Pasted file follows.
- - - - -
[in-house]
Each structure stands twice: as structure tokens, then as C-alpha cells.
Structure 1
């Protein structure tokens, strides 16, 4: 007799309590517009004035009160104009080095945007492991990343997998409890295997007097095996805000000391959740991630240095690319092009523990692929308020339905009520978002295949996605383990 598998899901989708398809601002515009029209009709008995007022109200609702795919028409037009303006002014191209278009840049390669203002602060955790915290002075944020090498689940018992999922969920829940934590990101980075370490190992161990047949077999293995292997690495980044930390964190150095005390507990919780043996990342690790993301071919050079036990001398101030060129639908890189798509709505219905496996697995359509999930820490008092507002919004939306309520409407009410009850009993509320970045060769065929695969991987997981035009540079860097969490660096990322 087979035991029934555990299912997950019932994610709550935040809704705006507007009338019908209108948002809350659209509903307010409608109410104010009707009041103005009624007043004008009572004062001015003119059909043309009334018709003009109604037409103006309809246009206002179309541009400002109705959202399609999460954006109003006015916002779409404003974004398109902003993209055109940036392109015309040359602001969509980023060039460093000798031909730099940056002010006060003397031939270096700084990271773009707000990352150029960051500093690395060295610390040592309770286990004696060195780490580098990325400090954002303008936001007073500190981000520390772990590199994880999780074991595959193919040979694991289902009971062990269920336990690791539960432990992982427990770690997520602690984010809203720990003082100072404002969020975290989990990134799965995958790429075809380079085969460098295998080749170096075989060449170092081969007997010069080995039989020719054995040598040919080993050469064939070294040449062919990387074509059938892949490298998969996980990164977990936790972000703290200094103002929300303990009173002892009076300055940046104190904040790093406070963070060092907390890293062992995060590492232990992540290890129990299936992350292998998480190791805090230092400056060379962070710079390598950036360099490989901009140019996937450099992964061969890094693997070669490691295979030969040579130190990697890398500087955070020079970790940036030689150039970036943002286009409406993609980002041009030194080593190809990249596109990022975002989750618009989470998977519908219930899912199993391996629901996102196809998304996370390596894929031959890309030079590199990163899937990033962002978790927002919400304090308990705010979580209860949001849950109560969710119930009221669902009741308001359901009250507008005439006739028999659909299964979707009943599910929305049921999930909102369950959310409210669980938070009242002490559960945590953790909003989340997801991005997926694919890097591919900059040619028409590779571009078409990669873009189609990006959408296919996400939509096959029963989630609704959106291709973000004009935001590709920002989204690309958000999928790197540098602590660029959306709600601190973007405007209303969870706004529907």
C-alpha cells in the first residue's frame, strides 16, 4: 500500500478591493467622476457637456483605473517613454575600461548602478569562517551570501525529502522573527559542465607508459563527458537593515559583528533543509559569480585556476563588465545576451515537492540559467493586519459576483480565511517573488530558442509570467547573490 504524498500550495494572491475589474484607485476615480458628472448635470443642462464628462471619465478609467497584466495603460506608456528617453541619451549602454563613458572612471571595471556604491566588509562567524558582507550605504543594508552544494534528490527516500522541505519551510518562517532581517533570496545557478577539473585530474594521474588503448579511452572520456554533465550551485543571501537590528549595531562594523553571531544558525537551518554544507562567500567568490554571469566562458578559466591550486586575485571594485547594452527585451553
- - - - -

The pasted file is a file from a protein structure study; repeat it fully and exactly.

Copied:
[in-house]
Each structure stands twice: as structure tokens, then as C-alpha cells.
Structure 1
């Protein structure tokens, strides 16, 4: 007799309590517009004035009160104009080095945007492991990343997998409890295997007097095996805000000391959740991630240095690319092009523990692929308020339905009520978002295949996605383990 598998899901989708398809601002515009029209009709008995007022109200609702795919028409037009303006002014191209278009840049390669203002602060955790915290002075944020090498689940018992999922969920829940934590990101980075370490190992161990047949077999293995292997690495980044930390964190150095005390507990919780043996990342690790993301071919050079036990001398101030060129639908890189798509709505219905496996697995359509999930820490008092507002919004939306309520409407009410009850009993509320970045060769065929695969991987997981035009540079860097969490660096990322 087979035991029934555990299912997950019932994610709550935040809704705006507007009338019908209108948002809350659209509903307010409608109410104010009707009041103005009624007043004008009572004062001015003119059909043309009334018709003009109604037409103006309809246009206002179309541009400002109705959202399609999460954006109003006015916002779409404003974004398109902003993209055109940036392109015309040359602001969509980023060039460093000798031909730099940056002010006060003397031939270096700084990271773009707000990352150029960051500093690395060295610390040592309770286990004696060195780490580098990325400090954002303008936001007073500190981000520390772990590199994880999780074991595959193919040979694991289902009971062990269920336990690791539960432990992982427990770690997520602690984010809203720990003082100072404002969020975290989990990134799965995958790429075809380079085969460098295998080749170096075989060449170092081969007997010069080995039989020719054995040598040919080993050469064939070294040449062919990387074509059938892949490298998969996980990164977990936790972000703290200094103002929300303990009173002892009076300055940046104190904040790093406070963070060092907390890293062992995060590492232990992540290890129990299936992350292998998480190791805090230092400056060379962070710079390598950036360099490989901009140019996937450099992964061969890094693997070669490691295979030969040579130190990697890398500087955070020079970790940036030689150039970036943002286009409406993609980002041009030194080593190809990249596109990022975002989750618009989470998977519908219930899912199993391996629901996102196809998304996370390596894929031959890309030079590199990163899937990033962002978790927002919400304090308990705010979580209860949001849950109560969710119930009221669902009741308001359901009250507008005439006739028999659909299964979707009943599910929305049921999930909102369950959310409210669980938070009242002490559960945590953790909003989340997801991005997926694919890097591919900059040619028409590779571009078409990669873009189609990006959408296919996400939509096959029963989630609704959106291709973000004009935001590709920002989204690309958000999928790197540098602590660029959306709600601190973007405007209303969870706004529907």
C-alpha cells in the first residue's frame, strides 16, 4: 500500500478591493467622476457637456483605473517613454575600461548602478569562517551570501525529502522573527559542465607508459563527458537593515559583528533543509559569480585556476563588465545576451515537492540559467493586519459576483480565511517573488530558442509570467547573490 504524498500550495494572491475589474484607485476615480458628472448635470443642462464628462471619465478609467497584466495603460506608456528617453541619451549602454563613458572612471571595471556604491566588509562567524558582507550605504543594508552544494534528490527516500522541505519551510518562517532581517533570496545557478577539473585530474594521474588503448579511452572520456554533465550551485543571501537590528549595531562594523553571531544558525537551518554544507562567500567568490554571469566562458578559466591550486586575485571594485547594452527585451553